"... surprised the hung-over Lutheran Hessians garrisoned at Trenton, on the morning after Christmas. On the English side General Charles, Lord Cornwallis, the last British commander, was of a different breed from the early commanders, the conciliatory and peace-seeking brothers, General Sir William Howe and Admiral Richard, Lord Howe. Cornwallis and his armies marched through the South burning barns, crops, towns, and devastating stores. In Virginia he took particular pleasure in ravaging Governor Thomas Jefferson’s possessions, making off with livestock (which was cricket) and cutting the throats of colts (which was not). Jefferson accused him of a 'spirit of total extermination.'"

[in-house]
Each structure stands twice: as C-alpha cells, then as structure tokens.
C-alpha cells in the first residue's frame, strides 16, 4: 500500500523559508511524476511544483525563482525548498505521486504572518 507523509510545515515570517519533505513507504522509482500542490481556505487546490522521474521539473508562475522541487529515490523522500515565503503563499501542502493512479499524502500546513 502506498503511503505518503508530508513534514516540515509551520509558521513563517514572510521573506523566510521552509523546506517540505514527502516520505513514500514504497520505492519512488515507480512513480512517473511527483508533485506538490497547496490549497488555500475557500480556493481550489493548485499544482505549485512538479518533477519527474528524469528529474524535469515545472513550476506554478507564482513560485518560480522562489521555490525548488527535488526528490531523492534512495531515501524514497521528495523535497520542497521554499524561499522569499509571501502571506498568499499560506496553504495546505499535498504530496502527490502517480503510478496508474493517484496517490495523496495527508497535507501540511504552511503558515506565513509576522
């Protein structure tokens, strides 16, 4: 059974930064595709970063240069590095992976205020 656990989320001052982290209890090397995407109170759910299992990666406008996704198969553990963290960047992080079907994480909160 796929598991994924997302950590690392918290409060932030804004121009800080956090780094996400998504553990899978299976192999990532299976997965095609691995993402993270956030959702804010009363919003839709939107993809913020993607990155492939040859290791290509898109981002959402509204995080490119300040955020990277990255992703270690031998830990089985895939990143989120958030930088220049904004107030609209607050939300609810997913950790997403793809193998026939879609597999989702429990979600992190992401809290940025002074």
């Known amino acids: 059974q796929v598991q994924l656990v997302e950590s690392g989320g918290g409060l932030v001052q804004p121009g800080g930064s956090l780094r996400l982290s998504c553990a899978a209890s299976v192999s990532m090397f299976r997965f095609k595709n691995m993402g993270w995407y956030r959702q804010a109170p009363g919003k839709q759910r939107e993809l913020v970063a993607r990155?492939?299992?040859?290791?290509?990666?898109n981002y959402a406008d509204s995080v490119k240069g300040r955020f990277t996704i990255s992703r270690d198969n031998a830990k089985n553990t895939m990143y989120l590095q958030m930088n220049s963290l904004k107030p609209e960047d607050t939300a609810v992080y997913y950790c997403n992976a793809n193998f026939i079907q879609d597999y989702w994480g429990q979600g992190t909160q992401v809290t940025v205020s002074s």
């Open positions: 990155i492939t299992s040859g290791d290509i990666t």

Sebastian De Grazia, "A Country With No Name: Tales from the Constitution."